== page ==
12. My breasts don't fit in the dress. What are my options?

Breasts seem to always be the issue when it comes to dress fitting! Every dress and every body is different, but there are many options to give a dress more coverage. Most options involve adding fabric, whether it be matching lace or a contrasting detail fabric, we have had success adding coverage to brides that were open to few changes. We try to get creative to work with the individual style of each bride.

 Photo by  Wilde Scout

Photo by Wilde Scout

13. I'm really short and nothing fits my torso. What changes can be made?

Very often, if the dress has a waistline seam, the dress bodice can be cut down to fit. If you have a short torso, I recommend buying a dress that has a defined waistline with a seam that can be moved up to shorten the bodice. We do it with wedding dresses and other formal gowns all the time!

14. Do you recommend buying a sample gown or secondhand gown? What do I need to know before buying?

Yes! I absolutely do. However, keep in mind that paying less for the dress doesn’t necessarily mean that alterations will be cheaper, too. If the dress is significantly bigger or smaller than you need, alterations can be pricey. Also, if there is damage that will need to be repaired or covered up, it can affect the price. Having said that, a sample gown can open you up to some great possibilities! One bride brought me a dress that she bought for $200. It was pretty worn and had a lot of damage. We used it as the skeleton for her dream dress by adding lace and making something new from something old. Later, she came back for her family ceremony, and we added more lace to take it from strapless dress to a gown with a full back and sleeves to cover her tattoos. A current bride brought me a sample gown five sizes too big. We are making a whole new gown from it, so keep an eye out for our before and after pics!

**When buying a sample gown, be sure to have it cleaned BEFORE you have it altered! Any changes (shrinkage, damage, remaining stains) can be addressed in alterations, but if the dress is already altered and problems occur in cleaning, you may be in trouble!

15. How early should I start thinking about alterations? How much should I budget?

Every tailor has a different policy, so if you have a preferred tailor you will want to check with them as soon as you start planning your dress. Here we generally start alterations 6-8 weeks before the wedding — earlier if there is a lot of work to be done and later if there is very little. For a custom gown, we like to begin the process 10-12 months before the wedding, but sometimes will go as little as six months. We encourage brides to book a consultation as soon as they have the dress if they are thinking of having a custom gown made. That way they can find out what work needs to be done, how much they should expect to pay, and can make sure the tailor is the right fit for them.   

Many tailors book up during the busy season, so if you know who you want to work with, you will want to get on their calendar as early as possible. Right now I already have brides booked for 2019.

As far as cost, it varies based on where you are and the the experience level of the tailor. In my area (Brooklyn, New York), bridal alterations average around $600. Someone less experienced or with lower overhead may charge less, just as someone more experienced in a fancier space may charge significantly more. Most tailors will be more than happy to give you a price range for working with them before you get started, but they generally cannot give you a price or estimate for your gown without seeing it in person.  We offer a consultation for a small fee where we can meet with you, see the dress, assess the fit, and give you a no-obligation estimate. If you do choose to do alterations with us, the fee comes off the final balance. Many tailors offer a variation of the same deal. I definitely recommend a consultation when you can get one!

 Photo by  Melinda Borbely

16. What about having a gown or outfit custom-made for my wedding?

I love designing a custom piece with a client! It is a great opportunity to express individuality on your big day. Keep in mind that a well-made custom piece will not be cheaper than a store-bought one. Custom gowns and suits can range from $2000+ to tens of thousands of dollars depending on what you want. It should be a process of creation between you and your designer. Make sure you feel very comfortable with the tailor and that you are on the same page. You want to find someone that you are comfortable being honest with if the design isn’t going the way you want. Communication from the start is key when working with your tailor on a custom piece, as well as alterations! Custom design is a great way to achieve a one-of-a-kind piece that expresses who you are, but if it’s not done well with ample planning and communication, it can be a nightmare for both the client and the tailor.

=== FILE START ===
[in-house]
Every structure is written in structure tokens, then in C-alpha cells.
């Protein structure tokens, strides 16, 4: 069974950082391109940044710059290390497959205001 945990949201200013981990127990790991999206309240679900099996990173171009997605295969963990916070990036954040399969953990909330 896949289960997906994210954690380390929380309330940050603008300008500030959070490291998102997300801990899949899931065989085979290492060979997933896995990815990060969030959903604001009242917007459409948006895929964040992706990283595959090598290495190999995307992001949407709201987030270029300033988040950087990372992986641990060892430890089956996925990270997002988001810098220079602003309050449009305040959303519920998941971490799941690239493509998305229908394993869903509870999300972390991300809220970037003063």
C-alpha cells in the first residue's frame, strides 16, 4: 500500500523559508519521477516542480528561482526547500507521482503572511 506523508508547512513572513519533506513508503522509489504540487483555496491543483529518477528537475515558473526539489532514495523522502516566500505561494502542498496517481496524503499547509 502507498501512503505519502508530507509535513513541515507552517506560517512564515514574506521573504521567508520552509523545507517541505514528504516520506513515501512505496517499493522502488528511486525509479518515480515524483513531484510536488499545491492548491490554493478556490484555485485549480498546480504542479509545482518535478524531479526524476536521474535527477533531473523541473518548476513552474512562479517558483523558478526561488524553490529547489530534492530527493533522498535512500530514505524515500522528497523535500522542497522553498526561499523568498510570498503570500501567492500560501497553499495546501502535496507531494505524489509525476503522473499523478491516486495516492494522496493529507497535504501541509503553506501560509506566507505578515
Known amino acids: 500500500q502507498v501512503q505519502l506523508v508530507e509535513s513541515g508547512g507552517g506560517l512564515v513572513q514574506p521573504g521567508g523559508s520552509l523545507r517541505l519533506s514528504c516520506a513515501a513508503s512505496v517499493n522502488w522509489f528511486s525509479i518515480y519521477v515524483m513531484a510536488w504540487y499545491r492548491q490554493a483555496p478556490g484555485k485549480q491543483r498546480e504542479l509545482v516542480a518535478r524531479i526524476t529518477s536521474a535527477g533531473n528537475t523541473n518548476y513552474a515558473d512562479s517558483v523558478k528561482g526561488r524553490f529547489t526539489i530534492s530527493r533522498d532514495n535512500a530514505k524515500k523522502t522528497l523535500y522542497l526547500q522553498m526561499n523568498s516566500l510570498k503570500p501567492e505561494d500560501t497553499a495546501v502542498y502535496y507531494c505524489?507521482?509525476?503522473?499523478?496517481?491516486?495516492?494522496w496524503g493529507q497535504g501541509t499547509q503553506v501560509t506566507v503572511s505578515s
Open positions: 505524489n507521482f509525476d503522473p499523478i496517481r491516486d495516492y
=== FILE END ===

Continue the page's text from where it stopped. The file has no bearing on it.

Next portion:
17. What kind of bra or undergarments should I get to wear with my gown?

Personally, I recommend meeting with your tailor before getting any undergarments. Many times people have come with pricey specialty undergarments only to find that we can easily give them the structure or support they need from the dress through the fitting process. Some brides/gowns will need a bra to get the desired look, but that should be assessed with your tailor in either your consultation or alterations appointments.

When it comes to Spanx or shapewear, it’s a personal choice, but for me the answer is always “no.” Be free! Be comfortable! Be your beautiful self! I’ve never liked the “beauty is pain” idea, and your wedding day is a day for you to shine, not suffer!

18. I found a dress I love, but I need more coverage for religious requirements, tattoo coverage, etc. What are my options?

Many times for religious ceremonies that require more coverage, we have started with a strapless dress and added anything from small cap sleeves all the way to full opaque coverage of arms, neck, and back. This is done most easily with lace gowns or gowns that feature lace.

Another option, if you want removable coverage, is wearing a topper. It is a like a little shirt or jacket made of lace or chiffon that can be worn with your gown. They have become very popular and can easily be found in most bridal shops that sell separates or custom made to match your gown.

 Thank you note to AMadden Tailoring from bride

AMadden Tailoring is a full-service tailoring boutique located in the heart of Brooklyn's Gowanus neighborhood on Third Avenue between 11th and 12th Streets. We run an atelier-style shop with an expertise in couture bridal alterations and fitting, but we bring this same couture sensibility to any alterations, from shortening jacket sleeves to hemming ball gowns. Whether you are looking to improve the fit of ready-to-wear clothing or searching for someone you can trust to alter your favorite designer outfit, we can assure you that we bring only the highest standards of hand- and machine-sewing to your garments.